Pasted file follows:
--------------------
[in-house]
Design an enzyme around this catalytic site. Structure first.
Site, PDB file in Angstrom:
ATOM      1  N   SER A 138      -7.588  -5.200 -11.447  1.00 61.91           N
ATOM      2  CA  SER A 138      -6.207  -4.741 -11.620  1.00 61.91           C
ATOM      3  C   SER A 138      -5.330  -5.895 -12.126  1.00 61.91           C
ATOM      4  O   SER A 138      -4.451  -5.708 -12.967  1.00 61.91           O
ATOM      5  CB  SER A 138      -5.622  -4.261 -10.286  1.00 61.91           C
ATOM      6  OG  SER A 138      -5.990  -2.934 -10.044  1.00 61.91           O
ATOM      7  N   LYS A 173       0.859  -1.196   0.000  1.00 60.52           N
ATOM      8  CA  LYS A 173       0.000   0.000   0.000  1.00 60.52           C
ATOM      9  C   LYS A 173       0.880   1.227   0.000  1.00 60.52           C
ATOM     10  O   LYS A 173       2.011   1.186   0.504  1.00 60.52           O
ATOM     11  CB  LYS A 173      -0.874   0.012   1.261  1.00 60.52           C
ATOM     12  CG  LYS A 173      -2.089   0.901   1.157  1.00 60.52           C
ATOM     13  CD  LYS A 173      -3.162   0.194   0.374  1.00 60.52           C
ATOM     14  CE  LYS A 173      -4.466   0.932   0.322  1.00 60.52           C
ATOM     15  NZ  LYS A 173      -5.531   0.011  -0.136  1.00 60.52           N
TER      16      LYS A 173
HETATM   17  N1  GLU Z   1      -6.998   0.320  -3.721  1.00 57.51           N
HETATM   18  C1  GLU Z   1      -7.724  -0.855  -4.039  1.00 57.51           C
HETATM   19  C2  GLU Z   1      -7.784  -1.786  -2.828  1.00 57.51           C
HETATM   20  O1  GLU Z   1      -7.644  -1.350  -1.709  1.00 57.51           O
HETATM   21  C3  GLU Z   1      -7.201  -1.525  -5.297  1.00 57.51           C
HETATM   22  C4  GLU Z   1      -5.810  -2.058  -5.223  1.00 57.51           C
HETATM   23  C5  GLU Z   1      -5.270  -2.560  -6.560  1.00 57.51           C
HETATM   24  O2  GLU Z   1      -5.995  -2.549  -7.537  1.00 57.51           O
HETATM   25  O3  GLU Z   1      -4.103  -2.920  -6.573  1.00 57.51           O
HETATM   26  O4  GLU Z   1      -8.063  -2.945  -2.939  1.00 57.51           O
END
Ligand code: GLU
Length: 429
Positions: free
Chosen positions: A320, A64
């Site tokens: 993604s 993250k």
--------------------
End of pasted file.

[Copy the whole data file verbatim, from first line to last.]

[in-house]
Design an enzyme around this catalytic site. Structure first.
Site, PDB file in Angstrom:
ATOM      1  N   SER A 138      -7.588  -5.200 -11.447  1.00 61.91           N
ATOM      2  CA  SER A 138      -6.207  -4.741 -11.620  1.00 61.91           C
ATOM      3  C   SER A 138      -5.330  -5.895 -12.126  1.00 61.91           C
ATOM      4  O   SER A 138      -4.451  -5.708 -12.967  1.00 61.91           O
ATOM      5  CB  SER A 138      -5.622  -4.261 -10.286  1.00 61.91           C
ATOM      6  OG  SER A 138      -5.990  -2.934 -10.044  1.00 61.91           O
ATOM      7  N   LYS A 173       0.859  -1.196   0.000  1.00 60.52           N
ATOM      8  CA  LYS A 173       0.000   0.000   0.000  1.00 60.52           C
ATOM      9  C   LYS A 173       0.880   1.227   0.000  1.00 60.52           C
ATOM     10  O   LYS A 173       2.011   1.186   0.504  1.00 60.52           O
ATOM     11  CB  LYS A 173      -0.874   0.012   1.261  1.00 60.52           C
ATOM     12  CG  LYS A 173      -2.089   0.901   1.157  1.00 60.52           C
ATOM     13  CD  LYS A 173      -3.162   0.194   0.374  1.00 60.52           C
ATOM     14  CE  LYS A 173      -4.466   0.932   0.322  1.00 60.52           C
ATOM     15  NZ  LYS A 173      -5.531   0.011  -0.136  1.00 60.52           N
TER      16      LYS A 173
HETATM   17  N1  GLU Z   1      -6.998   0.320  -3.721  1.00 57.51           N
HETATM   18  C1  GLU Z   1      -7.724  -0.855  -4.039  1.00 57.51           C
HETATM   19  C2  GLU Z   1      -7.784  -1.786  -2.828  1.00 57.51           C
HETATM   20  O1  GLU Z   1      -7.644  -1.350  -1.709  1.00 57.51           O
HETATM   21  C3  GLU Z   1      -7.201  -1.525  -5.297  1.00 57.51           C
HETATM   22  C4  GLU Z   1      -5.810  -2.058  -5.223  1.00 57.51           C
HETATM   23  C5  GLU Z   1      -5.270  -2.560  -6.560  1.00 57.51           C
HETATM   24  O2  GLU Z   1      -5.995  -2.549  -7.537  1.00 57.51           O
HETATM   25  O3  GLU Z   1      -4.103  -2.920  -6.573  1.00 57.51           O
HETATM   26  O4  GLU Z   1      -8.063  -2.945  -2.939  1.00 57.51           O
END
Ligand code: GLU
Length: 429
Positions: free
Chosen positions: A320, A64
């Site tokens: 993604s 993250k």